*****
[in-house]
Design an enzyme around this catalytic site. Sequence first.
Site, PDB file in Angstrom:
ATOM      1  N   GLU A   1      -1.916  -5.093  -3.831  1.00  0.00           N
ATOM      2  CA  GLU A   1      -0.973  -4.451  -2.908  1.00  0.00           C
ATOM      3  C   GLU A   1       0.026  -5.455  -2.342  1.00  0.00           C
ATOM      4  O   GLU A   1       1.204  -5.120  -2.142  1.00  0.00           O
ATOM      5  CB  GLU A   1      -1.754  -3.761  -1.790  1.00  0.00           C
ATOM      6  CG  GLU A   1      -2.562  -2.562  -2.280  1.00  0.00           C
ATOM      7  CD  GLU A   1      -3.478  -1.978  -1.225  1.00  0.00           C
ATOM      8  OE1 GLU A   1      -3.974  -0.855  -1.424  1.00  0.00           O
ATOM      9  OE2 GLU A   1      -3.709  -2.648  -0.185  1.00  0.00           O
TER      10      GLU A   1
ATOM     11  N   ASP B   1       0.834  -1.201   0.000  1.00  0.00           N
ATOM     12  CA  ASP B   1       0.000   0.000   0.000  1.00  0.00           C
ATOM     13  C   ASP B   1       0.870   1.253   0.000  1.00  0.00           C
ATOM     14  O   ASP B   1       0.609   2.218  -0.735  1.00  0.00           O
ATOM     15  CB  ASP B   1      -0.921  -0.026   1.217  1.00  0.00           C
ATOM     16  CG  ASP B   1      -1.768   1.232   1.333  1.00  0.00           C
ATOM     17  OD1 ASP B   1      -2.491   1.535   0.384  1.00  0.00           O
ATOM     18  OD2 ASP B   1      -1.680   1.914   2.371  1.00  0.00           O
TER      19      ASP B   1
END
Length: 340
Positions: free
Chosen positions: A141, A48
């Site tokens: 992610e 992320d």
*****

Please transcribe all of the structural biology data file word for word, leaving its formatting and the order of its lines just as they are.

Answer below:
[in-house]
Design an enzyme around this catalytic site. Sequence first.
Site, PDB file in Angstrom:
ATOM      1  N   GLU A   1      -1.916  -5.093  -3.831  1.00  0.00           N
ATOM      2  CA  GLU A   1      -0.973  -4.451  -2.908  1.00  0.00           C
ATOM      3  C   GLU A   1       0.026  -5.455  -2.342  1.00  0.00           C
ATOM      4  O   GLU A   1       1.204  -5.120  -2.142  1.00  0.00           O
ATOM      5  CB  GLU A   1      -1.754  -3.761  -1.790  1.00  0.00           C
ATOM      6  CG  GLU A   1      -2.562  -2.562  -2.280  1.00  0.00           C
ATOM      7  CD  GLU A   1      -3.478  -1.978  -1.225  1.00  0.00           C
ATOM      8  OE1 GLU A   1      -3.974  -0.855  -1.424  1.00  0.00           O
ATOM      9  OE2 GLU A   1      -3.709  -2.648  -0.185  1.00  0.00           O
TER      10      GLU A   1
ATOM     11  N   ASP B   1       0.834  -1.201   0.000  1.00  0.00           N
ATOM     12  CA  ASP B   1       0.000   0.000   0.000  1.00  0.00           C
ATOM     13  C   ASP B   1       0.870   1.253   0.000  1.00  0.00           C
ATOM     14  O   ASP B   1       0.609   2.218  -0.735  1.00  0.00           O
ATOM     15  CB  ASP B   1      -0.921  -0.026   1.217  1.00  0.00           C
ATOM     16  CG  ASP B   1      -1.768   1.232   1.333  1.00  0.00           C
ATOM     17  OD1 ASP B   1      -2.491   1.535   0.384  1.00  0.00           O
ATOM     18  OD2 ASP B   1      -1.680   1.914   2.371  1.00  0.00           O
TER      19      ASP B   1
END
Length: 340
Positions: free
Chosen positions: A141, A48
């Site tokens: 992610e 992320d």